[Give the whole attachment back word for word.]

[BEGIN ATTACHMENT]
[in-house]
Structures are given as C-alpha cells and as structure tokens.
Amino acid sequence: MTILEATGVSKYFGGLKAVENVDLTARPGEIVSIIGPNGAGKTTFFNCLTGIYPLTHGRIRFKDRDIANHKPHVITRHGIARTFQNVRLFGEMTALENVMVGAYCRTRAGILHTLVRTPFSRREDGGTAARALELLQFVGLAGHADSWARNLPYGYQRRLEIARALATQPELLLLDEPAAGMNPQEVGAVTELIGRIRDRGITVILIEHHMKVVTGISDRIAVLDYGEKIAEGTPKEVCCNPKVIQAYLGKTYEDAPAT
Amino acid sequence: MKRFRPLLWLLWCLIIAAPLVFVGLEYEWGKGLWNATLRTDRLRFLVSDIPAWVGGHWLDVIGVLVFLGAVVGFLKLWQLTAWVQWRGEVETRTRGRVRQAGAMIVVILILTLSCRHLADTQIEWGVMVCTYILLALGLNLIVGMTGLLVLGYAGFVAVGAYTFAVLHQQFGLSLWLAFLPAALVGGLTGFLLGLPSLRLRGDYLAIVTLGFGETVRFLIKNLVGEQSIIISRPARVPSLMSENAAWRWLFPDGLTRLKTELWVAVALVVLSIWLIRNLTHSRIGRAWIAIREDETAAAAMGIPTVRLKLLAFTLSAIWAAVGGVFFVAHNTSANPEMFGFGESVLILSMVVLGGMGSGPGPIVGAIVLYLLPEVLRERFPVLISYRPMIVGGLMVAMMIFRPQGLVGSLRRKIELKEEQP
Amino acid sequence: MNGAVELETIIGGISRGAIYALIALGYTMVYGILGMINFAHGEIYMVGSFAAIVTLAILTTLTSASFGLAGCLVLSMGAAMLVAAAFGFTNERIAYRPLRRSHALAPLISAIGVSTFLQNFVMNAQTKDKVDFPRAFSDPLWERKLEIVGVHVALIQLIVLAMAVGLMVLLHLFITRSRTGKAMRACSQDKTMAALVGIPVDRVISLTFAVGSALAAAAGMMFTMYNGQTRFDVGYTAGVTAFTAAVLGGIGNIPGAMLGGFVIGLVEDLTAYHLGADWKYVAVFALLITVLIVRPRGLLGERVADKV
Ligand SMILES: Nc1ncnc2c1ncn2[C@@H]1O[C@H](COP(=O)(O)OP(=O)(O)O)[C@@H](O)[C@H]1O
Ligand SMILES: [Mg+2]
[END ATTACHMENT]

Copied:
[in-house]
Structures are given as C-alpha cells and as structure tokens.
Amino acid sequence: MTILEATGVSKYFGGLKAVENVDLTARPGEIVSIIGPNGAGKTTFFNCLTGIYPLTHGRIRFKDRDIANHKPHVITRHGIARTFQNVRLFGEMTALENVMVGAYCRTRAGILHTLVRTPFSRREDGGTAARALELLQFVGLAGHADSWARNLPYGYQRRLEIARALATQPELLLLDEPAAGMNPQEVGAVTELIGRIRDRGITVILIEHHMKVVTGISDRIAVLDYGEKIAEGTPKEVCCNPKVIQAYLGKTYEDAPAT
Amino acid sequence: MKRFRPLLWLLWCLIIAAPLVFVGLEYEWGKGLWNATLRTDRLRFLVSDIPAWVGGHWLDVIGVLVFLGAVVGFLKLWQLTAWVQWRGEVETRTRGRVRQAGAMIVVILILTLSCRHLADTQIEWGVMVCTYILLALGLNLIVGMTGLLVLGYAGFVAVGAYTFAVLHQQFGLSLWLAFLPAALVGGLTGFLLGLPSLRLRGDYLAIVTLGFGETVRFLIKNLVGEQSIIISRPARVPSLMSENAAWRWLFPDGLTRLKTELWVAVALVVLSIWLIRNLTHSRIGRAWIAIREDETAAAAMGIPTVRLKLLAFTLSAIWAAVGGVFFVAHNTSANPEMFGFGESVLILSMVVLGGMGSGPGPIVGAIVLYLLPEVLRERFPVLISYRPMIVGGLMVAMMIFRPQGLVGSLRRKIELKEEQP
Amino acid sequence: MNGAVELETIIGGISRGAIYALIALGYTMVYGILGMINFAHGEIYMVGSFAAIVTLAILTTLTSASFGLAGCLVLSMGAAMLVAAAFGFTNERIAYRPLRRSHALAPLISAIGVSTFLQNFVMNAQTKDKVDFPRAFSDPLWERKLEIVGVHVALIQLIVLAMAVGLMVLLHLFITRSRTGKAMRACSQDKTMAALVGIPVDRVISLTFAVGSALAAAAGMMFTMYNGQTRFDVGYTAGVTAFTAAVLGGIGNIPGAMLGGFVIGLVEDLTAYHLGADWKYVAVFALLITVLIVRPRGLLGERVADKV
Ligand SMILES: Nc1ncnc2c1ncn2[C@@H]1O[C@H](COP(=O)(O)OP(=O)(O)O)[C@@H](O)[C@H]1O
Ligand SMILES: [Mg+2]